ST. SIMONS ISLAND, Ga. – Three pilot whales died after a pod of 50 came too close to shore Tuesday, with St. Simons Island beachgoers joining lifeguards and Georgia wildlife crews in the water to try to stop the large marine mammals from beaching themselves.
Clay George, a wildlife biologist with the Georgia Department of Natural Resources, said it is "exceedingly rare" to see pilot whales, which are members of the dolphin family that can weigh as much as 3 tons, become stranded in Georgia.
"Something went wrong with the pod of pilot whales days or even maybe weeks ago that led them to end up this far from their natural habitat," George said Wednesday. "They are very social and they live in groups of 30, 40, 50 whales, and so if one animal gets sick or something happens to it, they lead the group astray. These whales should usually be 100 miles offshore. It's very rare for us to see pilot whales strand in Georgia."
Harbor pilots spotted a large group of whales in the nearby shipping channel early Wednesday, and by mid-afternoon, they were swimming in deeper water about 6 miles from shore, George said.
He said conservationists from the National Marine Mammal Foundation who followed the pod by boat Wednesday counted at least 45 whales, which they described as vocalizing and swimming actively. George said he was "cautiously optimistic" they would keep moving out to sea.
UNCUT: Georgia Department of Natural Resources gives update on status of whales |
Video shows pilot whales beaching themselves
WATCH: Biologists working to determine why pod of pilot whales came too close to shore
IMAGES: Residents try to rescue pilot whales stranding on St. Simons Islan
Three pilot whales became stranded Tuesday and died, one of which was euthanized by officials, at three locations along St. Simons Island -- Coast Guard beach and close to the lighthouse, both of which are near the King and Prince Beach and Golf Resort, as well as at the south end of St. Simons Sound.
"This morning, the whale was lying in the water," resort employee Brad Groover said Wednesday. "The DNR and cops came, drug it out."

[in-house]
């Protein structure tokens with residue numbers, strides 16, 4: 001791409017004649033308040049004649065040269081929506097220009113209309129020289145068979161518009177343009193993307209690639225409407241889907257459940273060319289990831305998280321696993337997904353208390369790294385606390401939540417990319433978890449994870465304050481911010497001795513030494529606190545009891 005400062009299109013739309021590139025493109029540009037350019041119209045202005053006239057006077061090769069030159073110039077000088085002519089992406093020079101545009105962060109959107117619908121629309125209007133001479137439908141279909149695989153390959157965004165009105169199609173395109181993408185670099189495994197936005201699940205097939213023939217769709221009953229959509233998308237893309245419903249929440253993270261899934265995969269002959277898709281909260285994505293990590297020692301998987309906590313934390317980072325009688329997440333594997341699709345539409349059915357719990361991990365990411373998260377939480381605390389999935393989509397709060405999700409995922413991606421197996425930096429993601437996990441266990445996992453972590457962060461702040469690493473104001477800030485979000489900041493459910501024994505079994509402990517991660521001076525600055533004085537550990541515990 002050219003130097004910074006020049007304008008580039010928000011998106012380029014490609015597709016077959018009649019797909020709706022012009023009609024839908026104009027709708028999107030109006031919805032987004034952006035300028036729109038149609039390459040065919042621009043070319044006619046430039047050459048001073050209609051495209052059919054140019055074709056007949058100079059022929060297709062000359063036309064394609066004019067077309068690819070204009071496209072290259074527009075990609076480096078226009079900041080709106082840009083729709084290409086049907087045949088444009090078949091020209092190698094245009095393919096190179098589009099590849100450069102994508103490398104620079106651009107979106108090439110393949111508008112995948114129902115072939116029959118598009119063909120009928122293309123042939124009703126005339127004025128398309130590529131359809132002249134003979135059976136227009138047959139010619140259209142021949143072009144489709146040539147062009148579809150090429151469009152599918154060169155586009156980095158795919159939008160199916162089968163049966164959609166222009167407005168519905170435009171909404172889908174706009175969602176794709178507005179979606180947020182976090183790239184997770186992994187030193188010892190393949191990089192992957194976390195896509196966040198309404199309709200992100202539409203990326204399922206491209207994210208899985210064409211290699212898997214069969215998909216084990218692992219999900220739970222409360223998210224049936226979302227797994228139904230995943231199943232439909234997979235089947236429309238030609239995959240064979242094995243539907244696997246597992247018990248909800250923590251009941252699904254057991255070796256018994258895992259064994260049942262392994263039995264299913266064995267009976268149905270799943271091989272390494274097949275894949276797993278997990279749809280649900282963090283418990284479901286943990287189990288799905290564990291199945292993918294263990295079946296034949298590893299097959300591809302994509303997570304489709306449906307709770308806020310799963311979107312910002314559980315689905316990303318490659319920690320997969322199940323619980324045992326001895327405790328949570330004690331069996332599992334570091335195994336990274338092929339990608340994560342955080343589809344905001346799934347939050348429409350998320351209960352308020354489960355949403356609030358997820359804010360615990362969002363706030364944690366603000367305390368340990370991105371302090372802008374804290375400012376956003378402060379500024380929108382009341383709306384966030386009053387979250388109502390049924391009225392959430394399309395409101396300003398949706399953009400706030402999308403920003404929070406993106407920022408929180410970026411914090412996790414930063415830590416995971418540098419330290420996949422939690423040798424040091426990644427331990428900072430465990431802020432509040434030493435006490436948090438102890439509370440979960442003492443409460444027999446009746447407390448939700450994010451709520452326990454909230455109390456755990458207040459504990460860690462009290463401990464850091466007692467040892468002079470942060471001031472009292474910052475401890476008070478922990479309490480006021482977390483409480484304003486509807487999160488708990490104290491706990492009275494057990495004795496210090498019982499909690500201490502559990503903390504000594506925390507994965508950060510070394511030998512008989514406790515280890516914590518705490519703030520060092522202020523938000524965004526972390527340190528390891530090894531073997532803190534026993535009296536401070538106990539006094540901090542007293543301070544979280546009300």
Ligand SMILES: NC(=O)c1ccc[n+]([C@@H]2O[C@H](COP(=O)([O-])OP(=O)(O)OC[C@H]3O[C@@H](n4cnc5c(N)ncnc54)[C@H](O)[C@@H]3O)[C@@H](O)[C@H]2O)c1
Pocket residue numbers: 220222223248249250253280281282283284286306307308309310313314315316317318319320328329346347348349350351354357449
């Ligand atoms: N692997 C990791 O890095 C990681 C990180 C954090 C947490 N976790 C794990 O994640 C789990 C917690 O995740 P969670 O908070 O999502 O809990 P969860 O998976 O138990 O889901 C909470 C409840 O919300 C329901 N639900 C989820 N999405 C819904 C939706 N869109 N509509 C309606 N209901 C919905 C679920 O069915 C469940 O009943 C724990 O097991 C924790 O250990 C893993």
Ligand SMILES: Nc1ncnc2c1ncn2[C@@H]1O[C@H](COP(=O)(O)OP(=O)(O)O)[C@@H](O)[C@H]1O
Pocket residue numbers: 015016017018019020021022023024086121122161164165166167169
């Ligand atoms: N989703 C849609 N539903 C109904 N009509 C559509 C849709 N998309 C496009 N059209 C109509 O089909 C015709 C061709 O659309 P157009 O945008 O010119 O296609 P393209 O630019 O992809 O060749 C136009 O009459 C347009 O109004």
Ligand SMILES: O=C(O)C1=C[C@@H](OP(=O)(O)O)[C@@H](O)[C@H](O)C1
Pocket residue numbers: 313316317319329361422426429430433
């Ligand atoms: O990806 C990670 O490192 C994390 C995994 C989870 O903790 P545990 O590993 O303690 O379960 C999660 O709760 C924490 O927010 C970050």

One of the whales that did not survive near the King and Prince resort had been attacked by a shark.
"Typically, we see that that’s a postmortem finding," George said. "It likely floated around deceased in the water, where it was scavenged by sharks. We don’t see at this point anticipate that was the cause of its death."
The Georgia DNR had removed all three from the beach by Wednesday afternoon. George said necropsies were planned to determine if the whales were sick and look for other clues to why they may have come ashore -- such as if the whales had plastic in their stomachs, if they had ingested fishing gear or they had been exposed to acoustic noises like bombs or sonars.
A viral video, posted by Dixie McCoy and shared by numerous News4Jax viewers, captured the massive rescue effort Tuesday, showing volunteers splashing water onto whales near the shore and, in some cases, trying to push them away from the beach.
George said most of the whales came within 50 feet of shore, and several tried to beach themselves repeatedly. Beachgoers helped lifeguards and wildlife officials keep most of the pod in the water.
"I think I saw a once-in-a-lifetime occurrence yesterday when the whales came up," said Lee Dorough, who was visiting from Nashville with her family and helped push the whales back out into the ocean. "My daughter-in-law came up. She was on the kayak. At first, she thought they were dolphins. Then she noticed, you know, they have fins and they were actually whales. Then we heard them scream that there were two up on the shore. There were 30 in that pod, and they all went running up there. My son and my granddaughter plus so many people were trying to get them out to sea."
A helicopter searched by air Wednesday for more stranded whales and found none, said Georgia DNR spokesman Rick Lavender.
Incredibly proud of the Georgia DNR team that worked through the night to watch the pod of Pilot whales and ensure they did not return to shore. Although, three did not make it, the DNR team worked diligently and saved more than two dozen whales.— Governor Brian P. Kemp (@GovKemp) July 17, 2019
📸: Capt. Will Stubbs #gapol pic.twitter.com/Os50CmTQaD